Some things can be kept secret. This isn't about stopping the police from catching criminals, or betraying military secrets. But there should be good, tight reasons for having secrets. It should be about protecting us, not protecting corruption. Hence principle five, the principle of exception.

Keeping costs Low and processes simple

We shouldn't have to pay. This information is important for all of us to contribute to society. Costs should be kept low. We shouldn't have to spend three days filling in ten forms to find what is in the air we breathe in. See principle six, the principle of keeping costs low, processes simple.

Open meetings

We should be able to see what the government is up to. When the local government is changing plans, we want to be there. When a new factory is being approved, we want to be there. When a hill is being destroyed to build more houses, we want to be there. Meeting, whether about education or advertising billboards, should be open because these are decisions that affect us. This leads us to principle seven, the principle of open meetings.

Reviewing other legislation

There is a need to ensure that the implementation of the FOI legislation will not be impeded by existing laws. Thus principle eight. the principle of reviewing other legislations.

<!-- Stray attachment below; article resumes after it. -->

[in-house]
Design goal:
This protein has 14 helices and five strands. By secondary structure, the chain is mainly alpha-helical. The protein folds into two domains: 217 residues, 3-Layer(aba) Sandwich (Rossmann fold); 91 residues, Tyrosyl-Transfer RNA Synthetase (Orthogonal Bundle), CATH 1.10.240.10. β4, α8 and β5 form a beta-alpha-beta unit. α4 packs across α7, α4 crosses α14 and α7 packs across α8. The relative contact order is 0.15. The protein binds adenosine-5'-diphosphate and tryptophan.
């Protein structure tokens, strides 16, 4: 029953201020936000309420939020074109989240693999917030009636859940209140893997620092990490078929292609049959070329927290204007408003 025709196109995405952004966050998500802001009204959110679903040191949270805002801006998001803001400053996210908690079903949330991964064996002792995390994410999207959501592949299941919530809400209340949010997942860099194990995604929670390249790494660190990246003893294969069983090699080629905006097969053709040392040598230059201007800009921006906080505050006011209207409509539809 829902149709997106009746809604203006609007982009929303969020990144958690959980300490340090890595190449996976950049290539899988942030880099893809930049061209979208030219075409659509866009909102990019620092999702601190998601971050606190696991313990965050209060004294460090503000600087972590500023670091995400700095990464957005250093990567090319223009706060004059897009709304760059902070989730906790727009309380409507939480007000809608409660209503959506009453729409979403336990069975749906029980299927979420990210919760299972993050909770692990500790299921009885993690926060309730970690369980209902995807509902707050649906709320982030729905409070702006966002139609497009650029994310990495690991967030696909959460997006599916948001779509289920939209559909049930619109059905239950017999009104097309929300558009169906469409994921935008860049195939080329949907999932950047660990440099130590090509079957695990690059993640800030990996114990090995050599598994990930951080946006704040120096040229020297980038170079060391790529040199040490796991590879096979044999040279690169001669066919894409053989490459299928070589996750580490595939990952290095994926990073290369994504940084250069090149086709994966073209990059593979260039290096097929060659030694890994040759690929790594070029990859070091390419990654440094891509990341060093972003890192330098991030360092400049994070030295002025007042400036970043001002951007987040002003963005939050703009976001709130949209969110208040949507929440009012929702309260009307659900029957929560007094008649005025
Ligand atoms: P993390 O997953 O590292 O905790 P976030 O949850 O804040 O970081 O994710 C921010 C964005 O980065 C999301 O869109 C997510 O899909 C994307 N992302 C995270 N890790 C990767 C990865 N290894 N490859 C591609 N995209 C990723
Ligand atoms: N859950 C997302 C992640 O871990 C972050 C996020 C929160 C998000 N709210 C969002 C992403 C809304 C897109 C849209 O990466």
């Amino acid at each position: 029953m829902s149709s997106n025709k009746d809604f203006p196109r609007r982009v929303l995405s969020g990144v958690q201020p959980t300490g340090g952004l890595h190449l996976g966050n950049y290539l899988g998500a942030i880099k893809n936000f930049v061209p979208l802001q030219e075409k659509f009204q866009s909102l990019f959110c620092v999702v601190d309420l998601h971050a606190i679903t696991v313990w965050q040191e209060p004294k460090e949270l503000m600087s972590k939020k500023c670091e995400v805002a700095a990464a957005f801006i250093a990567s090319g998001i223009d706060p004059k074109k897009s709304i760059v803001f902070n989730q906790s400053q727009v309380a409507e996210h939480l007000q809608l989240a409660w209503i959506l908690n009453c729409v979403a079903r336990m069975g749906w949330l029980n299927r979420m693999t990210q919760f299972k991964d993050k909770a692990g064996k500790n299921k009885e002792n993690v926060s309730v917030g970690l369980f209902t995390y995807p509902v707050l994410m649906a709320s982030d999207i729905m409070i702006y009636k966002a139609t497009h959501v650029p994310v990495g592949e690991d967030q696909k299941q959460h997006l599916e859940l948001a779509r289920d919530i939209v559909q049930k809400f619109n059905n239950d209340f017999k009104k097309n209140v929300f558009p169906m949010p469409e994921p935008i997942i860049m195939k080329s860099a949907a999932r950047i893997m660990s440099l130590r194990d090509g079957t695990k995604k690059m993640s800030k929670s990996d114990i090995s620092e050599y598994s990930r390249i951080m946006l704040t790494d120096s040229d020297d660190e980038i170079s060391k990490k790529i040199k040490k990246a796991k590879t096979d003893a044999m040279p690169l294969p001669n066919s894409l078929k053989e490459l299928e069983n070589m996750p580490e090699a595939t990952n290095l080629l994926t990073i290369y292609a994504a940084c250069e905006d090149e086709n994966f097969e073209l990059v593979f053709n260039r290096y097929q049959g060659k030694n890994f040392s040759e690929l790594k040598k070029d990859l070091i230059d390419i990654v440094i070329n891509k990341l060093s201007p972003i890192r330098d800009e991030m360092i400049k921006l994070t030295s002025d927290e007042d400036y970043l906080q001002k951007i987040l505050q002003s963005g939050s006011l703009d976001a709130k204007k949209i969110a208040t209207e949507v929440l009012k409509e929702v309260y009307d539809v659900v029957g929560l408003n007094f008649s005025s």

Protectin whistleblowers

If you expose corruption, you should be rewarded, not punished. Principle nine, the principle of protecting whistleblowers.

Reviewed regularly

Periodically check to see if the FOI legislation is still working. What's good tody might be not so good tomorrow. Think principle ten, the principle requiring the FOI law to be reviewed regularly.

Yes, but... what about privacy, you ask?

This falls under the principle of exception as mentioned above. If it is about my body, my health, any personal information about me, sorry, but you wouldn't get near them, even if the information is in the hands of the Government.

Our country's security?

Again, this falls under the principle of exceptions. When unsure if something should be kept 'secret' by the Government, use the 3-stage test. For examples

  1. Is the information about our national security?

  2. Does releasing the information harm the national security?

  3. Is there an overriding public interest for the information to be made available?

Even if the answer to the first two questions is YES, then the information should be withheld. However, and affirmative to the third question means we have a right to the information, even if it harms our national security in the short-term.